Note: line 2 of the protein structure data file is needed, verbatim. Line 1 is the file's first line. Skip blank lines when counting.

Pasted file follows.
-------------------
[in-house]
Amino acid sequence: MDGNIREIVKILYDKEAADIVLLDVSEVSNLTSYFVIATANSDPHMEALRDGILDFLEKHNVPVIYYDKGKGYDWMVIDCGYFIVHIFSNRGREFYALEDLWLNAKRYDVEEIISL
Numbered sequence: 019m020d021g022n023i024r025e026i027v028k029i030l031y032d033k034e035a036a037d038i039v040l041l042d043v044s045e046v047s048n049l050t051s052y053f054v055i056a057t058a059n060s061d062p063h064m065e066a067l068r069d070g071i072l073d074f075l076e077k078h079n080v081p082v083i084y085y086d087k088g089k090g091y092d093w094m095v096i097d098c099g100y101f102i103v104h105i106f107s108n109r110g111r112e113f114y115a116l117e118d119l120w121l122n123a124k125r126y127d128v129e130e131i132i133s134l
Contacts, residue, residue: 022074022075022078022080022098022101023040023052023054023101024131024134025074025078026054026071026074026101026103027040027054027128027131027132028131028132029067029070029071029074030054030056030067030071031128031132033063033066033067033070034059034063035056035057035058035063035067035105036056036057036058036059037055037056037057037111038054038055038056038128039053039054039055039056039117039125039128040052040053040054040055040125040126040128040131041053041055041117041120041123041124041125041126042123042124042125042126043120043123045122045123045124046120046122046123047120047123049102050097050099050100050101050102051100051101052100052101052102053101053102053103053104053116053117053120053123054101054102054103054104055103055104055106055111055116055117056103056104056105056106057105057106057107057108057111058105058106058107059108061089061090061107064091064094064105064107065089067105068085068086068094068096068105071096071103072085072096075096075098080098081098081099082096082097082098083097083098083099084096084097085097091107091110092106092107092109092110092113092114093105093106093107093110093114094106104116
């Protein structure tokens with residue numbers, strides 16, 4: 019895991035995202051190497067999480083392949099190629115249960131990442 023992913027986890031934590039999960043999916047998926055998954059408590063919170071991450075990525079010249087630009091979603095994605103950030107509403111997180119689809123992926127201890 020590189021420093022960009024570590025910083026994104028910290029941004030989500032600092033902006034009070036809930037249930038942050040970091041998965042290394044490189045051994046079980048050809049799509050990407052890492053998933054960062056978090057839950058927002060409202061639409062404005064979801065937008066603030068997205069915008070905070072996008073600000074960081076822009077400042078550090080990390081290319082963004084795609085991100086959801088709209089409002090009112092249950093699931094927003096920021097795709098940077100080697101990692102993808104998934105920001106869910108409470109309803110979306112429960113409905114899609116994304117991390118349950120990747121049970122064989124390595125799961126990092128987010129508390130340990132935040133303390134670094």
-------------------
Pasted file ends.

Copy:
Amino acid sequence: MDGNIREIVKILYDKEAADIVLLDVSEVSNLTSYFVIATANSDPHMEALRDGILDFLEKHNVPVIYYDKGKGYDWMVIDCGYFIVHIFSNRGREFYALEDLWLNAKRYDVEEIISL